The Netherlands usually gets mentioned in conversations about tulips, cheese, and windmills… but it seems another topic might soon join the mix. Mars One, a non-profit organization (we touched upon them briefly in our previous Mars coverage) founded by Dutch entrepreneur Bas Lansdorp, is closing its registration round for people who are interested in a one-way ticket to Mars as soon as 2023. And you bet that many are interested… within two weeks of its launch, the selection programme received more than 78,000 registrations and to date around 165,000 applications have signed up. So one might wonder, what drives these people to sign up for something they know will mean they will never see family and friends again?
Well, according to the trailer for One Way Astronaut – a documentary about those determined to throw it all away in the hopes of becoming the first human off world settlers – “you’re just never going to know what you’re going to find” while exploring the environment. To many it is a dream, born out of their childhood imagination. Curiosity killed the cat as they say, but it won’t stop these applicants from following their dreams. As the foundation puts it: “Human settlement of Mars is the next giant leap for humankind.” and it would be hard to find anyone who would contest that this feat would be right up there with the moon landing, the discovery of America, and so on as an event that will go into the history books as defining for our species.
For most, 2023 might sound like a very ambitious date but then one cannot underestimate the drive and determination of humankind to explore. The Mars One foundation is not looking to develop its own technology to accomplish its mission, because the private space industry already invented what is needed to go to Mars they claim. After the first missions make sure that supplies are available and a reliable surface habitat is set up before the first crew lands, more settlers and cargo will then follow every two years. This will of course cost a heavy sum, around the $6 billion mark in fact, which Lansdorp says will be funded primarily through a reality-TV program about about the red planet’s first colonists. And just when you thought we would some day see the end of “Big Brother”…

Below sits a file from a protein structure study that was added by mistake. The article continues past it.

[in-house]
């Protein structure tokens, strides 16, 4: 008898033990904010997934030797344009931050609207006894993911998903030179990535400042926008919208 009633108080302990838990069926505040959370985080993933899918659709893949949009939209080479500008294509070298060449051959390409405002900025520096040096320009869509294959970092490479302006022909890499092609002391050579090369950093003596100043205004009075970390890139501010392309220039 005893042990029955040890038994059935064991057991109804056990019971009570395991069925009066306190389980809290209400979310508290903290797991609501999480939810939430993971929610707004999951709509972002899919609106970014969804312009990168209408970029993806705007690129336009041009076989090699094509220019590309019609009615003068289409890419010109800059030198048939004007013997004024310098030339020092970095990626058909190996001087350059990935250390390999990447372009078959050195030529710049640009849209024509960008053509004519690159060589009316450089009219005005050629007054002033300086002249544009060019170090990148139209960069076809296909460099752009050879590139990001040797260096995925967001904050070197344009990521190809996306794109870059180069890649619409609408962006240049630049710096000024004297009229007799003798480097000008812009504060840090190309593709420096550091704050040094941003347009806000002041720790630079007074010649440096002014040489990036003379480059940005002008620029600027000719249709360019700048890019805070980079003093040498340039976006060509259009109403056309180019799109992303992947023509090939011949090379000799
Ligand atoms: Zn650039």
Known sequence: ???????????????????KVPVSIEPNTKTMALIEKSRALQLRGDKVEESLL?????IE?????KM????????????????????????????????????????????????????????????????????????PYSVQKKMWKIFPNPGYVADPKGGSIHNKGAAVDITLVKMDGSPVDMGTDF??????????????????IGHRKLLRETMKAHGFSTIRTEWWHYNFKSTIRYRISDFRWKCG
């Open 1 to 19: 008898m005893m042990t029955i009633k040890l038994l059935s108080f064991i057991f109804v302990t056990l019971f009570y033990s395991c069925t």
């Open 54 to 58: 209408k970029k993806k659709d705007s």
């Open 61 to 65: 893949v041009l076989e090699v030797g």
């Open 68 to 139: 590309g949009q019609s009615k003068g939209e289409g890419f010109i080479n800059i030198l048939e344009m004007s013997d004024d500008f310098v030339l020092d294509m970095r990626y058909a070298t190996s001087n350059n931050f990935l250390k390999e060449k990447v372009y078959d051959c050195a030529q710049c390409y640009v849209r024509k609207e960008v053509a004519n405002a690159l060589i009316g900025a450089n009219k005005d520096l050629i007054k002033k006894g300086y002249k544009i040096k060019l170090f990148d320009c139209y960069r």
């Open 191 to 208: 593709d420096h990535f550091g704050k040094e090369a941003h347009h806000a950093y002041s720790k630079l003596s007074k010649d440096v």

“Mars is the stepping stone of the human race on its voyage into the universe.”
It would entail a craft existing of two parts: the Martian lander with a heat shield, in which the crew would also ascent into Earth orbit, and a cylindrical craft split into three floors. Travelling through space for long durations brings up major issues, perhaps the most important one being the muscle and bone wastage that weightlessness causes, which would render astronauts unable to walk upon arrival at their destination. To prevent this, the team explains that the two parts would, once in space, unwind from eachother on a steel cable. Short truster bursts would then set in motion the rotation needed to generate artificial gravity similar to Earth’s.
Aside from the deconditioning of the human body, another cause for concern is solar and cosmic radiation. Several solutions are proposed, including running water within the shell of the cruise craft to absorb the radtiation, while another solution would mean fitting superconducting magnets to the craft that would generate a magnetosphere similar to Earth’s.